SLT1(II)  Tap water of Faridia park, TBZC
SLF2      Filter water of Bhutto Nagar
SLH2      Hand pump of Bhutto Nagar
SLH3      Hand pump of Ghalla Mandi
SLT3(I)   Tap water of Ghalla Mandi
SLT3(II)  Tap water of Government Mehmoodia
          High School, Ghalla Mandi
SLF4      Filter water of New Abadi
SLTW4     Tubewell water of New Abadi
SLT5      Tapwaterof90/9-L
SLTW5     Tubewell water of 90/9-L
SLT6      Tap water of Sharif Colony
SLTW6     Tubewell water of Sharif Colony
SLF7      Filter water of Tehsil chock
SLT8(I)   Tap water of Government High School
          Urban area, Bilal Colony
SLT8(II)  Tap water of AIOU Sahiwal campus, Bilal Colony
SLT9      Tap water of Government High School Nangal-2,
          mohalla Farid Gonj
SLT10     Tap water of Farid Town

Table 2. Concentration of heavy metals in drinking water of Sahiwal

Locations  As(III)       Astotal       Cr(VI)  Crtotal  Pb
           ([micro]g/L)  ([micro]g/L)  (mg/L)  (mg/L)   ([micro]g/L)

SLF1        4.92          5.60         5.59    5.62      6.81
SLH1        8.93          9.33         4.70    4.72      6.02
SLT1 (I)    6.88          7.14         4.77    4.79      6.14
SLT1 (II)   8.06          8.89         6.37    6.40      3.97
SLF2       17.98         18.43         6.11    6.13      5.04
SLH2       21.04         21.64         5.39    5.42      7.18
SLH3       23.97         25.03         5.68    5.70      9.23
SLT3 (I)   20.02         20.39         5.23    5.25     12.43
SLT3 (II)  19.17         20.70         5.13    5.13     20.69
SLF4       14.31         15.10         5.99    6.01      3.68
SLTW4      14.95         15.08         5.33    5.34      2.31
SLT5        9.12          9.55         5.61    5.62      4.78
SLTW5       7.85          8.63         5.33    5.34      3.98
SLT6       11.78         12.09         5.92    5.97     12.27
SLTW6       9.23          9.97         5.85    5.89      9.91
SLF7        5.64          5.78         5.81    5.83      4.39
SLT8 (I)   nd            nd            6.23    6.24      7.83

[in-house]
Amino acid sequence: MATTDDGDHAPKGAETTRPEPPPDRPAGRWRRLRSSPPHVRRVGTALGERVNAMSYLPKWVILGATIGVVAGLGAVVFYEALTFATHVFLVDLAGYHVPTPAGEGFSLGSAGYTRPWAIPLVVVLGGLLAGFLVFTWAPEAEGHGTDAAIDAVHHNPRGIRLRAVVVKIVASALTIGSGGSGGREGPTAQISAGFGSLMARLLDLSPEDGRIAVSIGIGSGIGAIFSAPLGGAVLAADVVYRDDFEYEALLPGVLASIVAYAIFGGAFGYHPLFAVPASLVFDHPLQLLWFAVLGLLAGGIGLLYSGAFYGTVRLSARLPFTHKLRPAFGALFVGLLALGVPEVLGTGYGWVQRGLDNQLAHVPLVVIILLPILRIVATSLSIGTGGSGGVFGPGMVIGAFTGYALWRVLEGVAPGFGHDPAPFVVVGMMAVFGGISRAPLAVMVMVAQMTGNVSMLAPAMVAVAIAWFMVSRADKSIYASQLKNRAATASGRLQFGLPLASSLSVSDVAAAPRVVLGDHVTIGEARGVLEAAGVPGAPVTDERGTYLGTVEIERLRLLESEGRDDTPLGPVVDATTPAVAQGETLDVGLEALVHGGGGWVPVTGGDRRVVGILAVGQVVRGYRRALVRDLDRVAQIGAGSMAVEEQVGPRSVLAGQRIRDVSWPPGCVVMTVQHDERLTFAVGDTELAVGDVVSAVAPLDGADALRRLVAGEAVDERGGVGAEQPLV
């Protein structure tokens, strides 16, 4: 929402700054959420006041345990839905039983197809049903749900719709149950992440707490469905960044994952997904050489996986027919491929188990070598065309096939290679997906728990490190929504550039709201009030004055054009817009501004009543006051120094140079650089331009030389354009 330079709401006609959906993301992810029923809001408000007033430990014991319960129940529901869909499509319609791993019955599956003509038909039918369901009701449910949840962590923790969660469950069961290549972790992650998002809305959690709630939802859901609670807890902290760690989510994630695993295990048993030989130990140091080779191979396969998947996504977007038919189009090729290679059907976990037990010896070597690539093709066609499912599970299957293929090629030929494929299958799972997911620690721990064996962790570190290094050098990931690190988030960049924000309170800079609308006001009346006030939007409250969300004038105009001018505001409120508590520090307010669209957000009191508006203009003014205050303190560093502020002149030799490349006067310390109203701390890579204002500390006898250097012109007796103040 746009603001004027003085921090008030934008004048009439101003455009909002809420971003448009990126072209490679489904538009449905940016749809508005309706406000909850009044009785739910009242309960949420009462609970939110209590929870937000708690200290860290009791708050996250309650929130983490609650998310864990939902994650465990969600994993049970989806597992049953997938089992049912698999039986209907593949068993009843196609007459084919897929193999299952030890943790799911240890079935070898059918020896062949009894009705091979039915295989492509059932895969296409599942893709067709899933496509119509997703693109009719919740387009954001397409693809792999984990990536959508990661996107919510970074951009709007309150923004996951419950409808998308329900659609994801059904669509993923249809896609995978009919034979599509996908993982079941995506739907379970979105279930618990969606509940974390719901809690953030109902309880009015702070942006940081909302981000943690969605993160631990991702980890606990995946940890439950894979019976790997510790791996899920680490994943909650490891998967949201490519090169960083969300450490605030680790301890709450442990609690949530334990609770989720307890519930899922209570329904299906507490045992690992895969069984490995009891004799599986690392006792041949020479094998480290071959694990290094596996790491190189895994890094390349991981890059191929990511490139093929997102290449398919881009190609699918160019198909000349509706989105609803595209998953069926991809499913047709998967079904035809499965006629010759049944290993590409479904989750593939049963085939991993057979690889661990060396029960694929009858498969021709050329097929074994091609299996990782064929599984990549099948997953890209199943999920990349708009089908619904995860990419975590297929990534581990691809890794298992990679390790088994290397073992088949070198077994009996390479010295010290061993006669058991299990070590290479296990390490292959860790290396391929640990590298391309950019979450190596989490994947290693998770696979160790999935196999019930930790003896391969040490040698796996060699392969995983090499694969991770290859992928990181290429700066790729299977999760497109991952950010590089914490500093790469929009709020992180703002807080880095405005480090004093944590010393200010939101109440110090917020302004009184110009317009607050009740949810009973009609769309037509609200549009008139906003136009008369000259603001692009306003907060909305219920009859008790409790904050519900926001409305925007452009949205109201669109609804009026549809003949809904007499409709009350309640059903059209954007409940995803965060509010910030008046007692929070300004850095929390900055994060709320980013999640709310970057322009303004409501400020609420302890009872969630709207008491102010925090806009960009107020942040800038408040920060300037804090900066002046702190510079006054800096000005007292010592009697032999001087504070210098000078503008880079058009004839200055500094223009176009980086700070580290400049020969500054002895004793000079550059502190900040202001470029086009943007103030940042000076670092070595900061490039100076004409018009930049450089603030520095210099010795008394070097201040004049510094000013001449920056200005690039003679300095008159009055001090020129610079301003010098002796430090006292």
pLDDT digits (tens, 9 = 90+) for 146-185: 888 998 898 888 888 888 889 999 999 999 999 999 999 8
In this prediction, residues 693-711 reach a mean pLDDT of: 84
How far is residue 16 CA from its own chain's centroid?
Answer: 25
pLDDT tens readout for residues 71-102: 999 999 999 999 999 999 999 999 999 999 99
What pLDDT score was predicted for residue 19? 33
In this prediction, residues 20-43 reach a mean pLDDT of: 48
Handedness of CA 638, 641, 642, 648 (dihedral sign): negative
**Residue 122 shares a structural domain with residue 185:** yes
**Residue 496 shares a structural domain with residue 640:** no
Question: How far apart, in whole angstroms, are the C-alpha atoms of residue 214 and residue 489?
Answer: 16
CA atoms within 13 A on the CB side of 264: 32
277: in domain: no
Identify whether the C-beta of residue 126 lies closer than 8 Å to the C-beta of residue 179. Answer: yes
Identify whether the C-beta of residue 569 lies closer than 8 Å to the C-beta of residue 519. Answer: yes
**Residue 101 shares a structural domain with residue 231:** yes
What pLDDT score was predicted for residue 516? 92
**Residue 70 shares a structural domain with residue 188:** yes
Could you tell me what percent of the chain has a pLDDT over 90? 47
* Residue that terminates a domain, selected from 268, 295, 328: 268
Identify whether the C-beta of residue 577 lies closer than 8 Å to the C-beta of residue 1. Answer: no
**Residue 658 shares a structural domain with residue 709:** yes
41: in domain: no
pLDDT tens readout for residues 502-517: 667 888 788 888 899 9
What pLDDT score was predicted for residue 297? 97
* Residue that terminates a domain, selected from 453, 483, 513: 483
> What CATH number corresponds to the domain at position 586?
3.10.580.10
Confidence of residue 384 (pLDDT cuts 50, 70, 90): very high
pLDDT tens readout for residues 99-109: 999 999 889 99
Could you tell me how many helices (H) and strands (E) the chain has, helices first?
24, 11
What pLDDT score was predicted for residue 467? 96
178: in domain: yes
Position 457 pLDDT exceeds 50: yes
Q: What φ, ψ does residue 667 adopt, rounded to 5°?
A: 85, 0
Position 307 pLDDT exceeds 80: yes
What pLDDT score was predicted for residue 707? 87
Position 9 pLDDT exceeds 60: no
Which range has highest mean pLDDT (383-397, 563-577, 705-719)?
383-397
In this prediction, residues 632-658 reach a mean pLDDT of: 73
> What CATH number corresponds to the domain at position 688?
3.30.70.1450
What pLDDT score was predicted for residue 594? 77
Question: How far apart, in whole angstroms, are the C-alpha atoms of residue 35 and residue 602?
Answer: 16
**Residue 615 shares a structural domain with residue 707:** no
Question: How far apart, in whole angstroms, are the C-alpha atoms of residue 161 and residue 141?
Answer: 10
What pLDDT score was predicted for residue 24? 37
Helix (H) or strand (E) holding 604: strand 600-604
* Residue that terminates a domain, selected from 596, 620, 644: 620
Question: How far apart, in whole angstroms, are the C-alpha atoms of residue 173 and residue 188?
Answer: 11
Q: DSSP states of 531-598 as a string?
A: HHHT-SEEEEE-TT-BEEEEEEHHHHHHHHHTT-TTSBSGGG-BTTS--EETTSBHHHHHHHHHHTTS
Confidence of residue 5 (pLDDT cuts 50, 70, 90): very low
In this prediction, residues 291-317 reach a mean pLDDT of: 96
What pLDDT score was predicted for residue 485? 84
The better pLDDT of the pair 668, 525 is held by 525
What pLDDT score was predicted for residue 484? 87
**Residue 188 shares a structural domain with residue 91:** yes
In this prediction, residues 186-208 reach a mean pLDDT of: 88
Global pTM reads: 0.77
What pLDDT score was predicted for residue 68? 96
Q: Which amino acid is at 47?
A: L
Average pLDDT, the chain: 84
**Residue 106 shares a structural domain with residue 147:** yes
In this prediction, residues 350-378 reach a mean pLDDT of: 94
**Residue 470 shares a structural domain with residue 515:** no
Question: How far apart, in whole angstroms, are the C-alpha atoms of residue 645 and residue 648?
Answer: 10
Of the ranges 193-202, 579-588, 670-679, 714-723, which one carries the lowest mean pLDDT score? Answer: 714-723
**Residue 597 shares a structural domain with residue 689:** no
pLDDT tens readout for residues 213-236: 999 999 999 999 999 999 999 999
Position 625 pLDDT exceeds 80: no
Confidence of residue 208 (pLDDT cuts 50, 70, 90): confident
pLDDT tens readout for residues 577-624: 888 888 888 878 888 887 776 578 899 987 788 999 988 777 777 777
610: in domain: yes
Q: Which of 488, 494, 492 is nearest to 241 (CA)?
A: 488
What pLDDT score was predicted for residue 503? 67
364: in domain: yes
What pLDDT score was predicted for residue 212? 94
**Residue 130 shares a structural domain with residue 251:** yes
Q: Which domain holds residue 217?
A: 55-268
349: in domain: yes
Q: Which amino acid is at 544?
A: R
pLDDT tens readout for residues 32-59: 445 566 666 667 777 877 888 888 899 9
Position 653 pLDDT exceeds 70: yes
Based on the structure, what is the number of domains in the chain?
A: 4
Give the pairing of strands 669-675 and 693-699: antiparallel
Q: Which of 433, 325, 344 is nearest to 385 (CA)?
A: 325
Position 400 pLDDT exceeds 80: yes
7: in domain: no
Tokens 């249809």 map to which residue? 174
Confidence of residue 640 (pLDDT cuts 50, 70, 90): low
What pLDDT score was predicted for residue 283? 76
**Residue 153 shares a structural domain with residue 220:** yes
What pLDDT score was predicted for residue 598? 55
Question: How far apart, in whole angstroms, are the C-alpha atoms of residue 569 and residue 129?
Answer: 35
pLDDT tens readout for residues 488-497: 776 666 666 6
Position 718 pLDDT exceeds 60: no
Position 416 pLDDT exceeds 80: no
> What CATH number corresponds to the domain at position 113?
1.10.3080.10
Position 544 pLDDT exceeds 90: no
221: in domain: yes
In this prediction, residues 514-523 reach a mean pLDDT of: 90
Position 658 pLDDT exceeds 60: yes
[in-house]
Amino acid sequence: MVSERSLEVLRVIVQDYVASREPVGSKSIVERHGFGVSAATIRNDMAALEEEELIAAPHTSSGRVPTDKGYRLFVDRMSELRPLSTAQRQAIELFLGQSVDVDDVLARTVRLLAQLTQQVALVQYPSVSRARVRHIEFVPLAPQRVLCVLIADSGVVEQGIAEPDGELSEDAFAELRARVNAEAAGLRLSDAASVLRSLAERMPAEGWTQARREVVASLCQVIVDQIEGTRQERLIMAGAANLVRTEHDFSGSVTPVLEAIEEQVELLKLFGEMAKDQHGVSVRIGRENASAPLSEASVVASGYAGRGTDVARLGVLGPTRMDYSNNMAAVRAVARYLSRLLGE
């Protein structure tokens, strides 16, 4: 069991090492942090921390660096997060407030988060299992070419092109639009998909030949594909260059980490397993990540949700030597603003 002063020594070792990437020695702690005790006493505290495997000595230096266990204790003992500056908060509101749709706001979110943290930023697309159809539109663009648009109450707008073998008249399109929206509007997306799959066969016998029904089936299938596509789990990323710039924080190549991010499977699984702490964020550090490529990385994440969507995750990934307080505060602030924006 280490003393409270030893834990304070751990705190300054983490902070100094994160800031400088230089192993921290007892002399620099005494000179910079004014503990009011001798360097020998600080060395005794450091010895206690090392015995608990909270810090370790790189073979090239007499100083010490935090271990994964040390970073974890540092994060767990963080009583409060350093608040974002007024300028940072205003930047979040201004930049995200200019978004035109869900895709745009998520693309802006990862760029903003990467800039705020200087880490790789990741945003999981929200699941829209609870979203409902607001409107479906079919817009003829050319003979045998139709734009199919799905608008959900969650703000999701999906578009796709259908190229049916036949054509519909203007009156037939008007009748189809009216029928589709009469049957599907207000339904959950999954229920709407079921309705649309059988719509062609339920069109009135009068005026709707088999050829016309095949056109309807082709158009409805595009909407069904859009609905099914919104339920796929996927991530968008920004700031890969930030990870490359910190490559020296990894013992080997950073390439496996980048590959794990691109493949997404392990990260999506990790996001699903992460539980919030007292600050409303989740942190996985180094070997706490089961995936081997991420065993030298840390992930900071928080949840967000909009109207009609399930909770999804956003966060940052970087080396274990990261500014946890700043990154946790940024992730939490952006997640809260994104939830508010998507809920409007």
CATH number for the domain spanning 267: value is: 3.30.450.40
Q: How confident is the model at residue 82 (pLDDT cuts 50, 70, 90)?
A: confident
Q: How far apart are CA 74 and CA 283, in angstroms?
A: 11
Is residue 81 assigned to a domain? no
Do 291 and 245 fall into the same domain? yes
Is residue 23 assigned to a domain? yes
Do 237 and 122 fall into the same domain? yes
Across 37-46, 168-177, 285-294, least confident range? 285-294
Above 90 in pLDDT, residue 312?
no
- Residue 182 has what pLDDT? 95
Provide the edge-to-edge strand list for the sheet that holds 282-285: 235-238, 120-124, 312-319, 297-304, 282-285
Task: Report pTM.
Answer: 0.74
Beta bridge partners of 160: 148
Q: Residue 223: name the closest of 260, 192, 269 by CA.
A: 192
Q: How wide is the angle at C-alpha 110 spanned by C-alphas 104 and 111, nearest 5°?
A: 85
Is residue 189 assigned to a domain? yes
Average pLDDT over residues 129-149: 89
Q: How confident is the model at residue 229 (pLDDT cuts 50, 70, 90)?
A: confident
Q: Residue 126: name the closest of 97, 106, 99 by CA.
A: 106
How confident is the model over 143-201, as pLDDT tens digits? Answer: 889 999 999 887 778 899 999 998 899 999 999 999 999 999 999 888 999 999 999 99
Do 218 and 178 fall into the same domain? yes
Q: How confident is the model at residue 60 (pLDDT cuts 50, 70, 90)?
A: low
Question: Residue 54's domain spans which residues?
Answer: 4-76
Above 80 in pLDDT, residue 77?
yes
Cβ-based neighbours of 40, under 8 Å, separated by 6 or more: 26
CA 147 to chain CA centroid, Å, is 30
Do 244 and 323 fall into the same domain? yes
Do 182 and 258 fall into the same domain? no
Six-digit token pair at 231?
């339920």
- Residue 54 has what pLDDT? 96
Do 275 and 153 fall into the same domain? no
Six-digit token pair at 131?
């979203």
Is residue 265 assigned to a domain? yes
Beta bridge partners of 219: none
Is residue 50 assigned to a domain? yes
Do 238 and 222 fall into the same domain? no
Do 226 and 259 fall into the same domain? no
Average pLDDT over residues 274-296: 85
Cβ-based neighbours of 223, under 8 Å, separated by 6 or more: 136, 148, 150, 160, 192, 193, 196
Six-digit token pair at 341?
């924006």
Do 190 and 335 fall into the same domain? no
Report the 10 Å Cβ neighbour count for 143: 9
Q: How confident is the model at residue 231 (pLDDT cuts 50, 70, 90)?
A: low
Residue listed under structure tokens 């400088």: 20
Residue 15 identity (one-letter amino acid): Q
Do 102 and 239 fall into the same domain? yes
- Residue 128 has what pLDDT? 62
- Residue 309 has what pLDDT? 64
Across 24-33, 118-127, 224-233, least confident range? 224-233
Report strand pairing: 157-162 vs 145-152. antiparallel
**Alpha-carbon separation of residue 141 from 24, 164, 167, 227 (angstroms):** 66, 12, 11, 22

SLT8 (II)  nd            nd            5.54    5.57      7.32
SLT9       nd            nd            4.63    4.65      4.73
SLT10      nd            nd            5.53    5.55      2.03

Table 3. Ranges of levels As(III), Astotal, Cr(VI), Crtotal and Pb in
tap, filter plant, hand pump and tube well water

Metal                 Tap water   Filter plant water  Hand pump water

As(III) ([micro]g/L)  nd-20.02    4.92-17.98          8.93-23.97
Astotal ([micro]g/L)  nd-20.70    5.60-18.43          9.33-25.03
Crtotal (mg/L)        4.65-6.40   5.62-6.13           4.72-5.70
Cr(VI) (mg/L)         4.63-6.37   5.59-6.11           4.70-5.68
Pb ([micro]g/L)       2.03-20.69  3.68-6.81           6.02-9.23

Metal                 Tube well water

As(III) ([micro]g/L)  7.85-14.95
Astotal ([micro]g/L)  8.63-15.10
Crtotal (mg/L)        5.34-5.89
Cr(VI) (mg/L)         5.33-5.85
Pb ([micro]g/L)       2.31-9.91

Table 4. The mean levels of arsenictotal, chromiumtotal and lead in
drinking water of Sahiwal district and its comparison with Pak EPA, EPA
and WHO

Metals  Unit        Mean    Pak EPA                      USEPA  WHO

As      [micro]g/L  10.668  [less than or equal to]50    50     10
Cr      mg/L         5.559  [less than or equal to]0.05   0.10   0.05
Pb      [micro]g/L   7.037  [less than or equal to]50    15     10

Table 5. Number of locations with the level of toxic metals >10
[micro]g/L out of total 20 locations

Metal    No. of     % of locations greater  Locations crossing
         locations  than 10 [micro]g/L      WHO limits

Astotal   8          40%                     8
Crtotal  20         100%                    20
Pb        3          15%                     3

Table 6. Number of locations with the levels of toxic metals >50
[micro]g/L out of total 20 locations

Metal    No. of     % of locations greater  Locations crossing
         locations  than 50 [micro]g/L      WHO limits

Astotal   0           0%                     0
Crtotal  20         100%                    20
Pb        0           0%                     0
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Title Annotation:Special Paper
Author:Zahir, Muhammad; Qureshi, Zahid; Tufail, Shahid; Hayat, Khizar; Hassan, Ahmad
Publication:Pakistan Journal of Scientific and Industrial Research Series A: Physical Sciences
Date:Sep 1, 2018